Designing Workspace for Neurodiversity

Aug 31, 2021

Designing Workspace for Neurodiversity

by Emme Ratcliffe

High energy, out-of-the-box thinkers, bold problem solvers, and above-average pattern recognition are all traits that can be used to describe a neurodivergent. Although one in eight people are neurodiverse, fewer than 50 percent are diagnosed, let alone aware of this. Diversity in the workplace allows a company to gain a competitive advantage without even realizing it.

“Too often, the neurodivergent are noted as under-performing. Feedback is often focused on what the individual needs to do to improve, instead of looking at environmental factors which could be limiting their ability to be successful.” – Helen Needham

What is Neurodiversity?

Judy Singer, a sociologist with autism, began using “neurodiversity” in the latter part of the 1990s. It refers to the belief that certain developmental disorders are normal variations in the brain. Such disabilities such as, but are not limited to - autism spectrum disorder, attention deficit hyperactivity disorder, social anxiety disorder, and dyslexia. And people who have these features also have particular strengths.

Attention deficit disorder and ADHD individuals typically think more originally, hyper-focus on tasks, have high levels of empathy and courage or think more creatively than a neurotypical person. While these are known to be disability qualities, they are just differently able.

Those with Dyspraxia are well in touch with using their innovative thinking to solve complex problems. They can bring new perspectives into an organization and are found to be a significant asset in the workplace. Those with dyslexia are more apt to perceive more visual information, which can be particularly useful in engineering or graphics. And those with autism tend to pay great attention to details, have great memories, and be data-driven.

Designing the Workspace for Neurodivergent Individuals

People with neurodivergent features often spend their time trying to adjust to their work environment. They may need to cope with their social impressions or find ways to block out distractions. How can an organization help?

The first step is ensuring the team and manager are aware of these qualities is most important when designing a space everyone can succeed in. Training employees on how to work with a neurodiverse individual or their needs is a sizable step in the right direction of working as a team to meet customers’ or clients’ needs.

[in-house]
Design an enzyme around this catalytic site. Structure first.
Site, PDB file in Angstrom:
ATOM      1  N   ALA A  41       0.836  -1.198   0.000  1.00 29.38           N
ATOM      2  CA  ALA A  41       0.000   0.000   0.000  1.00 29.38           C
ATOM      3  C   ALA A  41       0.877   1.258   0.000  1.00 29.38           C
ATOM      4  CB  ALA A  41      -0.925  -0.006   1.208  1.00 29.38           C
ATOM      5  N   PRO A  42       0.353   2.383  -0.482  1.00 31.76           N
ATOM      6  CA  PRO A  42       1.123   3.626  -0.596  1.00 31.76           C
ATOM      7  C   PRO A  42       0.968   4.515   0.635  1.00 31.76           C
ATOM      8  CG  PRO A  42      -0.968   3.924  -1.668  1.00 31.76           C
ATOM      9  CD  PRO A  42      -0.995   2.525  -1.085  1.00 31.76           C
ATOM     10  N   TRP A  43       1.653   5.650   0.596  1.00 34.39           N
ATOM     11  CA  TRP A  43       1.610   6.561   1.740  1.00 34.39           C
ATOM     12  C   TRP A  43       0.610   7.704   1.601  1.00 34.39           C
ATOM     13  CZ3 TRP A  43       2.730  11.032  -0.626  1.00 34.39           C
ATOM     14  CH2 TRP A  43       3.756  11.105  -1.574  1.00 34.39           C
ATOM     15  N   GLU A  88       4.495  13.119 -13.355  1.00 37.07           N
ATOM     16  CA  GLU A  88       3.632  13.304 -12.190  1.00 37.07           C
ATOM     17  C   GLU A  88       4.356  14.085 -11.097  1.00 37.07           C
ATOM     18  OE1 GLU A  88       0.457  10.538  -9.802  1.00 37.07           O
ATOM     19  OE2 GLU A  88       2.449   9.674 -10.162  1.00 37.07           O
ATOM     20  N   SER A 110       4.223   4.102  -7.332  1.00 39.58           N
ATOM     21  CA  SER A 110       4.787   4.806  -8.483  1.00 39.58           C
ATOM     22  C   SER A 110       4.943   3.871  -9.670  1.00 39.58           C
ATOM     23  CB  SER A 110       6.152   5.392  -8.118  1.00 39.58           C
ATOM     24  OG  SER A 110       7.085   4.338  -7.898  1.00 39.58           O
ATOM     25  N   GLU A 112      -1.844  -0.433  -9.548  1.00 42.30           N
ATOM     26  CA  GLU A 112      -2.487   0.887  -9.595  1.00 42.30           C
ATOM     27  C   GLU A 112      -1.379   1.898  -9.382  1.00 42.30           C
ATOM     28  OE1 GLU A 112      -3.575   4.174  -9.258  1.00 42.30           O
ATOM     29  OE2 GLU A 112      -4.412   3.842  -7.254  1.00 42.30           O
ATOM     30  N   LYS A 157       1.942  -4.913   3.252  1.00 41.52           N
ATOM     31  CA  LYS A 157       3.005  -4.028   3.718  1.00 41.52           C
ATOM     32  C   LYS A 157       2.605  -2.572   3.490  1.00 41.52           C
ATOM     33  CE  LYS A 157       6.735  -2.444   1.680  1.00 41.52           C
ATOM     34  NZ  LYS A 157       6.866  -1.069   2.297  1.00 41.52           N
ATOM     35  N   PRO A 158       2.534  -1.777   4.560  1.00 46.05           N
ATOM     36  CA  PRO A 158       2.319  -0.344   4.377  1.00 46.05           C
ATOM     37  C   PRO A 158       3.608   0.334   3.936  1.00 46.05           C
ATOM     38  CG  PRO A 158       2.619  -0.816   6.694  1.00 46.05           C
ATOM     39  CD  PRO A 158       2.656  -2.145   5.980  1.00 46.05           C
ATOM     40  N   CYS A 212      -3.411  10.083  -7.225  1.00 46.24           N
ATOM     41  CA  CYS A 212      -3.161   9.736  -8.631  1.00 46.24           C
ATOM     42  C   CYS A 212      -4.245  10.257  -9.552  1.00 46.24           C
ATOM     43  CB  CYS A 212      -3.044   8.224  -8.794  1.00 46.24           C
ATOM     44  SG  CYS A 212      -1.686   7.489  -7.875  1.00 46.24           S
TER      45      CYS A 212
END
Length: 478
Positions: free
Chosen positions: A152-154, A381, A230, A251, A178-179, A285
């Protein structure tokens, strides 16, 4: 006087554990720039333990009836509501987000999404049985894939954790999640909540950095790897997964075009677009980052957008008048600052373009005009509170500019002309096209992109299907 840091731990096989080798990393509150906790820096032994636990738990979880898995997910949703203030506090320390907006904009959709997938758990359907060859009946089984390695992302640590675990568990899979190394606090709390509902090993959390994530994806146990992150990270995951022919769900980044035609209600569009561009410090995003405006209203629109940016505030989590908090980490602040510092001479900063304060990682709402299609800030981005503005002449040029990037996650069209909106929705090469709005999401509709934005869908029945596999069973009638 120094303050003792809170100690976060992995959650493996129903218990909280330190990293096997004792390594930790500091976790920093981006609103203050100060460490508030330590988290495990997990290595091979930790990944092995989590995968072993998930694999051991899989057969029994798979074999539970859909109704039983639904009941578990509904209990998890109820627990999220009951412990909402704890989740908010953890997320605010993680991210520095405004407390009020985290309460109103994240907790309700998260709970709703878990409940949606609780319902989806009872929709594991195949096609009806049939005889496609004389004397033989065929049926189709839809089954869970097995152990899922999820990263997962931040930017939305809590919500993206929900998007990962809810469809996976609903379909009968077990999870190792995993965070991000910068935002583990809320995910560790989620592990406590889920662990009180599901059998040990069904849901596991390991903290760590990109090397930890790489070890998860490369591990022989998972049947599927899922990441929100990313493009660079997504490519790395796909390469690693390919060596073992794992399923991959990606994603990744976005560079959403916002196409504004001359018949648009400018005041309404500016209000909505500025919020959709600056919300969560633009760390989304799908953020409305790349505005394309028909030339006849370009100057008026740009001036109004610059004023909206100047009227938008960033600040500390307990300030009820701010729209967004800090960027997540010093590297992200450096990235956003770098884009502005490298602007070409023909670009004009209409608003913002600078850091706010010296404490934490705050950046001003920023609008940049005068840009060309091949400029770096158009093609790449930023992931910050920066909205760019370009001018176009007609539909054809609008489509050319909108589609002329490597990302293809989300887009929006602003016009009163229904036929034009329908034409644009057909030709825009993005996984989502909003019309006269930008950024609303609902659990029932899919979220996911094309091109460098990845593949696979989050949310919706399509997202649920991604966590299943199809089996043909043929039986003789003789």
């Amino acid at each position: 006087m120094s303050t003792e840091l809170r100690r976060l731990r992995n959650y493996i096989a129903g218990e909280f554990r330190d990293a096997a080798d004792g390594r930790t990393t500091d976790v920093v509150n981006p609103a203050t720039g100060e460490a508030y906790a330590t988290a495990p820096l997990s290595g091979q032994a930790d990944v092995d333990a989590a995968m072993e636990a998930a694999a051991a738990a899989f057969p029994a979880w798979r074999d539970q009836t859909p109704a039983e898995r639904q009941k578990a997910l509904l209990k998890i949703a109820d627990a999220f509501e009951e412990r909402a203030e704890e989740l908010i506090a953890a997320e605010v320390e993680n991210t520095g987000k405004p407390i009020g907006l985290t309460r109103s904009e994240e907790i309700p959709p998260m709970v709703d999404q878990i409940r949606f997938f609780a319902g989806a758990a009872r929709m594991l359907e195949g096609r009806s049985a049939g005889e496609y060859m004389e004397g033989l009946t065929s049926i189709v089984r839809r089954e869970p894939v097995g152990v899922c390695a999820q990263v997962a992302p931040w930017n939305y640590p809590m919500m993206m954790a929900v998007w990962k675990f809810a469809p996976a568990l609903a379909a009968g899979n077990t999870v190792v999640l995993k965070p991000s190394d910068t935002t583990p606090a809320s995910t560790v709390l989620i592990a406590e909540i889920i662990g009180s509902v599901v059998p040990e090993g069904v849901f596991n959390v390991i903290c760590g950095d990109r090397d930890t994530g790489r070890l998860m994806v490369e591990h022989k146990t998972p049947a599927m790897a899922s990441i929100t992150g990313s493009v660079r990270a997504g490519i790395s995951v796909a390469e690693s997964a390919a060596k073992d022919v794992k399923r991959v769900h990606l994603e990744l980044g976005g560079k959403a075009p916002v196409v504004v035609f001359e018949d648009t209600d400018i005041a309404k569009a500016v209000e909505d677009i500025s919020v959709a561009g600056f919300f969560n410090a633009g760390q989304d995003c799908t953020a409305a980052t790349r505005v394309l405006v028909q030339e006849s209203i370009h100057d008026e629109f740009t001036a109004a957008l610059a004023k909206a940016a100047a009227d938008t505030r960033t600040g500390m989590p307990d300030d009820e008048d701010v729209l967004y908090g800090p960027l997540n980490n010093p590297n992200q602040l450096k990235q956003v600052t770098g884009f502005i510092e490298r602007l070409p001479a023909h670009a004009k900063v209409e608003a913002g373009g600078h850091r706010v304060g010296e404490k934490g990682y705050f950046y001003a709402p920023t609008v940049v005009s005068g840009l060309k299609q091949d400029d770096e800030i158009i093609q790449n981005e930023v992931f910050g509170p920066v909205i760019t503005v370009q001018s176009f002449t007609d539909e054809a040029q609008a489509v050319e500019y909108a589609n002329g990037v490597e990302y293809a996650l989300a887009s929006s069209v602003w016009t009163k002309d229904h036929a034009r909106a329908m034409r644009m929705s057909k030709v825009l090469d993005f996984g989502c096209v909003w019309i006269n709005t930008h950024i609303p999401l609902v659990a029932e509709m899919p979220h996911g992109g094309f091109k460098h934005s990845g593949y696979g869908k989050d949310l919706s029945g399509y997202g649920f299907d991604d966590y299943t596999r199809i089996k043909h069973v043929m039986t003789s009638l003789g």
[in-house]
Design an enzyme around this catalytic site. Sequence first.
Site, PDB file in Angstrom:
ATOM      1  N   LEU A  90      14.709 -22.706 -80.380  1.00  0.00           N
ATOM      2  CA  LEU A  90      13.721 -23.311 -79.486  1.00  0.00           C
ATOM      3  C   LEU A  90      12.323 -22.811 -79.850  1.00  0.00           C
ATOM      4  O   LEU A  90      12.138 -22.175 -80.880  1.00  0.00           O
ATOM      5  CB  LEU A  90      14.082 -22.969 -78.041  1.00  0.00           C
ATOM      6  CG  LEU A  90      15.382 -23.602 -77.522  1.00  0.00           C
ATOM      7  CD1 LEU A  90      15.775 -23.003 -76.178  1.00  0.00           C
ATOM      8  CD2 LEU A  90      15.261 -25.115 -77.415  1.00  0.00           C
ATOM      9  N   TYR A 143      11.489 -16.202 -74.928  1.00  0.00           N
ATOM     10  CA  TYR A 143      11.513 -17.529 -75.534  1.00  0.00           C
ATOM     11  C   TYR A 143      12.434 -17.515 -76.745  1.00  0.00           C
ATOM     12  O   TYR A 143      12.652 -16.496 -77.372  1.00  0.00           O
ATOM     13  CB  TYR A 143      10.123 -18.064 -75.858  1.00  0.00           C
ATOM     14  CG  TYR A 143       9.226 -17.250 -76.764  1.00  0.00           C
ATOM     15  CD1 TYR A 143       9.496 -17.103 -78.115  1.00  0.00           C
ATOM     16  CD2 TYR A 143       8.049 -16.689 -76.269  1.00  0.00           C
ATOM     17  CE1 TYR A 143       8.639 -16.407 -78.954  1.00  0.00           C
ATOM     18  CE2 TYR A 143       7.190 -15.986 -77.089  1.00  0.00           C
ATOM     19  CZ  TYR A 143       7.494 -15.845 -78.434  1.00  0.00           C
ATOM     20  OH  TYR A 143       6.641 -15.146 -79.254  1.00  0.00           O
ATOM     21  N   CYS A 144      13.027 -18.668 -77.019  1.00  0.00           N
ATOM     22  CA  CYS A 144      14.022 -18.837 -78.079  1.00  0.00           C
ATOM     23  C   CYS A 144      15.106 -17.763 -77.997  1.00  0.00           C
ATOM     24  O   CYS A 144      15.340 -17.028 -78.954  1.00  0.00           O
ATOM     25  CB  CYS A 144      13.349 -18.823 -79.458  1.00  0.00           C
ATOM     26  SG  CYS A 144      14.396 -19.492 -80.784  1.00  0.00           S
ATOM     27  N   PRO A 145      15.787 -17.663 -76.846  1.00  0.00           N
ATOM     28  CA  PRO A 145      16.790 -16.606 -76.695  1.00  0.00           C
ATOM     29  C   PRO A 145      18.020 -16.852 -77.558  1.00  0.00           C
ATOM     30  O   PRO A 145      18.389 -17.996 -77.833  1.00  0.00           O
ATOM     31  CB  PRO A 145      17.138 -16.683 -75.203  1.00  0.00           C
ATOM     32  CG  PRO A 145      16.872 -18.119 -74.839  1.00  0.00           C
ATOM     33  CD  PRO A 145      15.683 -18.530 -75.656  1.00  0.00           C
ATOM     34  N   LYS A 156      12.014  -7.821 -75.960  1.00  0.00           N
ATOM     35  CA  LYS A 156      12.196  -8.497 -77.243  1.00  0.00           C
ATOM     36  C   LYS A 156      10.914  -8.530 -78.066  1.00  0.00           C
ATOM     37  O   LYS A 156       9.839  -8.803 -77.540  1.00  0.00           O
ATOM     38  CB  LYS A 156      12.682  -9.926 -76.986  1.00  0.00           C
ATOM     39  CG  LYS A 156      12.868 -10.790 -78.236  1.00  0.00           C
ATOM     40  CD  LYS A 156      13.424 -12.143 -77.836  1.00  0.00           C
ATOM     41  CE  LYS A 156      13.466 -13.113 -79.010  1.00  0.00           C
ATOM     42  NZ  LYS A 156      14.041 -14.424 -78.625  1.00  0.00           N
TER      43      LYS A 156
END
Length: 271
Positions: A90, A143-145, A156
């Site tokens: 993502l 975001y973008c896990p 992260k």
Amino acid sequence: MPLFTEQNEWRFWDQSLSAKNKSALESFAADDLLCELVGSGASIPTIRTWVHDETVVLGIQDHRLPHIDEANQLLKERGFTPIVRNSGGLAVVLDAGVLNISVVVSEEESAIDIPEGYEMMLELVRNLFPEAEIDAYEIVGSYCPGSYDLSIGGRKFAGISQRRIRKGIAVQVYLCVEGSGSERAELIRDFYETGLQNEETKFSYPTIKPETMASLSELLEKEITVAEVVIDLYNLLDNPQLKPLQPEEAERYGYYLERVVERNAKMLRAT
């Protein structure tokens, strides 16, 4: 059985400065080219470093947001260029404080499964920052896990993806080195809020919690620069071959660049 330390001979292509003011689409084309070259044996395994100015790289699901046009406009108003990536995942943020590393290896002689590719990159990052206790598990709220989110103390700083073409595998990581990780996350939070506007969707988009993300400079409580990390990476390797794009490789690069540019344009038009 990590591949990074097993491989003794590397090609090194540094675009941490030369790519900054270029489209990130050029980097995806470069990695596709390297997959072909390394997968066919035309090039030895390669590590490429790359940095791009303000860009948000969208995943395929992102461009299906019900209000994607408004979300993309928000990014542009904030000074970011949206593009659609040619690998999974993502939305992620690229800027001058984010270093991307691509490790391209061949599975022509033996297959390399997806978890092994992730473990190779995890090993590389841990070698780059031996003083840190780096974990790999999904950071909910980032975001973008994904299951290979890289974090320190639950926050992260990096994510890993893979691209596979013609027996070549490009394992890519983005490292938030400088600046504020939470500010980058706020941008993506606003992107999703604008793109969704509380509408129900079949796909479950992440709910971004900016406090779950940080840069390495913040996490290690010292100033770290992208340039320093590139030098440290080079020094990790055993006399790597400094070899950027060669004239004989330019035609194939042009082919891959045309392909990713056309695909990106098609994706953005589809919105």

Another step is the willingness to accommodate the workplace is another crucial component when having neurodiverse employees sensitive to temperature, smells, sounds, lighting, etc. These accommodations are typically manageable, such as quiet desks or private rooms for them to work at. Flexible schedules may be necessary for them to reach their goals within the company.

For example, those with autism have particular environmental needs to help them do their job. Such as:

  1. Acoustics – individuals with autism are extremely sensitive to sound. Better insulating the workspace with different types of acoustic products allows manipulation of sound pressure levels.
  2. Lighting – Light and color affect our moods, cognitive thinking, and behavior. By adding soft colors and earth tones while utilizing natural lighting, one can improve their team’s productivity
  3. Spatial configuration – Spaces that are more organized and more defined help the autistic mind process. Storage for non-essential items, subdividing walls or rooms, and the ability to reconfigure space allow the autistic mind to focus better. Provide a variety of spatial characters for team members to choose from.
  4. Materials – Extreme patterns, overwhelming colors, and visual clutter can create a high degree of sensory stimulation leading to overload. Utilizing organic patterns, colors, and natural elements (plants, water, and light) can relieve people.
  5. Other supports can include using written instructions, a smartphone, tablet, or whiteboard for reminders and schedules, or visual cues in the workplace.

If you’re an employer, here are a few more tips on how to adjust for neurodiversity:

  • Provide all onboarding employees a survey or menu of options, asking their preferences for things like sound, light, physical workspace, type of communication desired, methods for performance appraisals, and more. This allows neurodivergent employees to state their preferences and everyone else without feeling different or singled out.
  • Create jobs for different kinds of workers.
  • Allow for different work schedules and environments.
  • Make a flexible work design (when, where, and how work happens) that welcomes people.

Let us help you in providing a diverse workplace for all!

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